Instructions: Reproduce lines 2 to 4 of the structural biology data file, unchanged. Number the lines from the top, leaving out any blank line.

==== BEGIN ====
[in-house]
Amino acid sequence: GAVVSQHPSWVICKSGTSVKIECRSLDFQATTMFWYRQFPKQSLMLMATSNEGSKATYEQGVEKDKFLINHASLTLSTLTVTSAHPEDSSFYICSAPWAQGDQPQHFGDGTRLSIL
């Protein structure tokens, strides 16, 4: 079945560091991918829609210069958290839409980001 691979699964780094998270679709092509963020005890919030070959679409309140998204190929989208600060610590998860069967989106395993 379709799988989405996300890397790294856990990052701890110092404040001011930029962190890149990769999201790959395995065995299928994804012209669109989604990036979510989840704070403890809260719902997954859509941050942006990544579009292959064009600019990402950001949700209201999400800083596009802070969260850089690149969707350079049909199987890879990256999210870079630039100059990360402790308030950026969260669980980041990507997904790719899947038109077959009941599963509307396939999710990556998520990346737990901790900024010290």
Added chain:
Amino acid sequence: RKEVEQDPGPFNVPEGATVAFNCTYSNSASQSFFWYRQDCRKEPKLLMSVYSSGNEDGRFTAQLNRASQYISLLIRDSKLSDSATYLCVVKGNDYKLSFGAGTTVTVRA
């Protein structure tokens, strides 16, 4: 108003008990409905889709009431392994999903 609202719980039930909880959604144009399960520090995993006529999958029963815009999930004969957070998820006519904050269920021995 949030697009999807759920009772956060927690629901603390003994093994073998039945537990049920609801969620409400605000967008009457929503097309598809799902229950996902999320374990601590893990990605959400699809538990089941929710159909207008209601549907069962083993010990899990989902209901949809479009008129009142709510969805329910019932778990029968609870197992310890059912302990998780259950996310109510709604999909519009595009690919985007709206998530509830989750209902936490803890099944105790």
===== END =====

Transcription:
Amino acid sequence: GAVVSQHPSWVICKSGTSVKIECRSLDFQATTMFWYRQFPKQSLMLMATSNEGSKATYEQGVEKDKFLINHASLTLSTLTVTSAHPEDSSFYICSAPWAQGDQPQHFGDGTRLSIL
């Protein structure tokens, strides 16, 4: 079945560091991918829609210069958290839409980001 691979699964780094998270679709092509963020005890919030070959679409309140998204190929989208600060610590998860069967989106395993 379709799988989405996300890397790294856990990052701890110092404040001011930029962190890149990769999201790959395995065995299928994804012209669109989604990036979510989840704070403890809260719902997954859509941050942006990544579009292959064009600019990402950001949700209201999400800083596009802070969260850089690149969707350079049909199987890879990256999210870079630039100059990360402790308030950026969260669980980041990507997904790719899947038109077959009941599963509307396939999710990556998520990346737990901790900024010290």
Added chain: